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Beyond tokenism? Community-led planning and rational choices: findings from participants in local agenda-setting at the neighbourhood scale in England

Parker, G. and Murray, C. (2012) Beyond tokenism? Community-led planning and rational choices: findings from participants in local agenda-setting at the neighbourhood scale in England. Town Planning Review, 83 (1). pp. 1-28. ISSN 1478-341X

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To link to this article DOI: 10.3828/tpr.2012.1

Abstract/Summary

The article confronts some key issues raised in the literature on public participation via a series of interrogatory questions drawn from rational choice theory. These are considered in relation to the design and process of public participation opportunities in planning and wider processes of local governance at the neighbourhood scale. In doing this, the article draws on recent research that has looked in some depth at a form of community-led planning (CLP) in England. The motives and expectations of participants, the abilities of participants, as well as the conditions in which participation takes place are seen as important factors. It is contended that the issues raised by rational choice theory are pertinent to emerging efforts to engage communities. As such, the article concludes that advocates of public participation or community engagement should not be afraid of responding to the challenges posed by questions of motive and reward of participants if lasting and worthwhile participation is to be established. Indeed, questions such as 'what's in it for me?' should be regarded as legitimate, necessary and indeed standard, in order to co-devise meaningful and durable participation opportunities and appropriate institutional environments. However, it is also maintained that wider considerations and capacity questions will also need to be confronted if participation is to become embedded as part of participatory neighbourhood-scale planning.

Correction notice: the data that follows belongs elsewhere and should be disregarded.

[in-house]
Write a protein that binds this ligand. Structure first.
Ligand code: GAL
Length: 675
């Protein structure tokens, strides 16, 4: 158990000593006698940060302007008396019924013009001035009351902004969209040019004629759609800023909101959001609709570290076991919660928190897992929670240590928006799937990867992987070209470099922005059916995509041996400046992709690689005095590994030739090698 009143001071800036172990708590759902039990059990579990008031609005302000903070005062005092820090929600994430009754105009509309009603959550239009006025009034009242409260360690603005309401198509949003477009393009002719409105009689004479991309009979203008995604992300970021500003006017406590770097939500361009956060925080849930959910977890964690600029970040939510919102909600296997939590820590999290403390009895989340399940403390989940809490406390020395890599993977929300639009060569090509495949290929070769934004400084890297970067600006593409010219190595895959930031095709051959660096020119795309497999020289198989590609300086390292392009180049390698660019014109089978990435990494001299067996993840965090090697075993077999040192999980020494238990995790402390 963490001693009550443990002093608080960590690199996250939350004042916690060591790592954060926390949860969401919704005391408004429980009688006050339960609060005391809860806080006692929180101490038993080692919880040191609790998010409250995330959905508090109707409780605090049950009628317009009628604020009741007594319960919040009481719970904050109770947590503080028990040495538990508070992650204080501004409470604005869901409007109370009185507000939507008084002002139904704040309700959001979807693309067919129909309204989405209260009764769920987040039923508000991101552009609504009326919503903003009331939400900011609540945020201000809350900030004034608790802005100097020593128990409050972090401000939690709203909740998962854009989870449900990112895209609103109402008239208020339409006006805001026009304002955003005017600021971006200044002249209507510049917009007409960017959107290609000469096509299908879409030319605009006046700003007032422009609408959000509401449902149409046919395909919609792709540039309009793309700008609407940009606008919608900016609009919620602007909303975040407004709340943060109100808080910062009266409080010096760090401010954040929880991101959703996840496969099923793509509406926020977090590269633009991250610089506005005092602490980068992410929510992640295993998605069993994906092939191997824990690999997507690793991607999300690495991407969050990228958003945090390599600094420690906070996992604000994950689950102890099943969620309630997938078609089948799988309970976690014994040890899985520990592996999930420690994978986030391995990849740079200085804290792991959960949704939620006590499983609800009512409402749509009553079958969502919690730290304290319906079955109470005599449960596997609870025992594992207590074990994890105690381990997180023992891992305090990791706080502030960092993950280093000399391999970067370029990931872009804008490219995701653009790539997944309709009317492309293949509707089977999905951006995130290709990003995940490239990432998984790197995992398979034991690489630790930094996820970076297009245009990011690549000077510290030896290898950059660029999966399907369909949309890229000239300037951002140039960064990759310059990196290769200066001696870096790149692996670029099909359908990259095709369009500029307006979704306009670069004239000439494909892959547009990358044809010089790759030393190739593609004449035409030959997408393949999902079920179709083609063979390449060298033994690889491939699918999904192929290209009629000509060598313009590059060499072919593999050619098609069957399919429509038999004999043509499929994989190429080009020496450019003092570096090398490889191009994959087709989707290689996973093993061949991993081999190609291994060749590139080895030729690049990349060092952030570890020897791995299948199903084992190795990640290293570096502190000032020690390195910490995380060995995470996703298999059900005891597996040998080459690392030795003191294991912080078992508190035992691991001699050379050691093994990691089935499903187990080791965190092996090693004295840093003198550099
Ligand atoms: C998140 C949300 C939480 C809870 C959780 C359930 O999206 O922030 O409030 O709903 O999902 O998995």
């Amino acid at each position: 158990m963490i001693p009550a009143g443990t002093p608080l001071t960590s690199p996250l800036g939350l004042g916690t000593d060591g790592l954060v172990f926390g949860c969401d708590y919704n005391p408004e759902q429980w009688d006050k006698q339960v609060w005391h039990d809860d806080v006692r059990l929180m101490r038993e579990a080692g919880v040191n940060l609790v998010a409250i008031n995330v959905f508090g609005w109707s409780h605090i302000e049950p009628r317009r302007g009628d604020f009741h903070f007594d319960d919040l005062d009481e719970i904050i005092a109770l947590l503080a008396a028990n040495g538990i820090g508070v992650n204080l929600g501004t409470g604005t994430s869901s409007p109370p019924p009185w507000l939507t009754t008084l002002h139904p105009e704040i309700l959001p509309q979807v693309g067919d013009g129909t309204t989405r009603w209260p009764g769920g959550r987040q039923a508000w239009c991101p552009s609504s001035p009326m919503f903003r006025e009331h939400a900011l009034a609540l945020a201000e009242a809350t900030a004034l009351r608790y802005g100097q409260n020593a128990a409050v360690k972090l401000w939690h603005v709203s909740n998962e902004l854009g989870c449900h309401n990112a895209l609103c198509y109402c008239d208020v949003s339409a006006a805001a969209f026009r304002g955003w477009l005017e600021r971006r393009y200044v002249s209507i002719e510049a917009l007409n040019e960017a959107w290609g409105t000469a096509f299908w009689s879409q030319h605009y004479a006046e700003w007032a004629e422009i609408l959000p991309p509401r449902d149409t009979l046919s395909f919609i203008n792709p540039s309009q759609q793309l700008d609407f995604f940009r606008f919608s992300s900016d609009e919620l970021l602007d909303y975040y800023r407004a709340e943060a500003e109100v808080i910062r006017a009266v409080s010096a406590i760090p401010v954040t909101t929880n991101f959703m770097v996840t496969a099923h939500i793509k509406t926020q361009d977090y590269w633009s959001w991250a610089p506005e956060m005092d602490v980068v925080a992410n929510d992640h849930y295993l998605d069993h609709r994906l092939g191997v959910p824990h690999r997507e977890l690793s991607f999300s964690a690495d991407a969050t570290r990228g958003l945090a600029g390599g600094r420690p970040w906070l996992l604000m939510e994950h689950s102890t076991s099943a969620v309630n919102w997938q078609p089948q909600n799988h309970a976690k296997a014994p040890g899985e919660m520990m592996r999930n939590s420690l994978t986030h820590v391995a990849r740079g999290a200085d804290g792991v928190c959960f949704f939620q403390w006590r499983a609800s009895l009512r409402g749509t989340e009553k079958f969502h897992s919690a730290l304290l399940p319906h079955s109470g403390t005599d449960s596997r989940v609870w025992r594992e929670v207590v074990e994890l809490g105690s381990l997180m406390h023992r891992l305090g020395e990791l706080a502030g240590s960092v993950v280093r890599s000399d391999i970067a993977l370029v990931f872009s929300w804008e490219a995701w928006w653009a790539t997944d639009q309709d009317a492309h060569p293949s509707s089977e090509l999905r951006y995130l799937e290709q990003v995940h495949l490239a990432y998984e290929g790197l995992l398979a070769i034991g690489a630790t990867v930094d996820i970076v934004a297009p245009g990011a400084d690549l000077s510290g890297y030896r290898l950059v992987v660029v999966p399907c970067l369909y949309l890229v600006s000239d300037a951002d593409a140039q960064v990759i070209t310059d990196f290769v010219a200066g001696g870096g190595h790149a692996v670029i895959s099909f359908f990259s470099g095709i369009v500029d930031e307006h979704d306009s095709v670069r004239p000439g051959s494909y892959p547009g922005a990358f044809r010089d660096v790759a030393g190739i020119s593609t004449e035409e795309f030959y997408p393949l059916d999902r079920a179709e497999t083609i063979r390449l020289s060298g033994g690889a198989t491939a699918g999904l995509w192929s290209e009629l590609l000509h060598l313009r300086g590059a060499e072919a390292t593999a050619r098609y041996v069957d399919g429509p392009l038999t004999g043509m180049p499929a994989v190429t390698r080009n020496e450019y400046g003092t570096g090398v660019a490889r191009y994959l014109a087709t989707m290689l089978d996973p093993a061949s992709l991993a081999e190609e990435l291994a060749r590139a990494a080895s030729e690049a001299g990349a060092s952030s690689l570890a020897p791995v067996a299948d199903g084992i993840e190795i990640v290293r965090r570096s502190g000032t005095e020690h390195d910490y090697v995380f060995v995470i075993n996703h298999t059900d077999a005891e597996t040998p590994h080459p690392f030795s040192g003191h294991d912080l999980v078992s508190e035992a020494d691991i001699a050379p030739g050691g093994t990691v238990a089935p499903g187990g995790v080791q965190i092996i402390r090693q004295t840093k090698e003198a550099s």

Item Type:Article
Refereed:Yes
Divisions:Henley Business School > Real Estate and Planning
ID Code:24427
Publisher:Liverpool University Press

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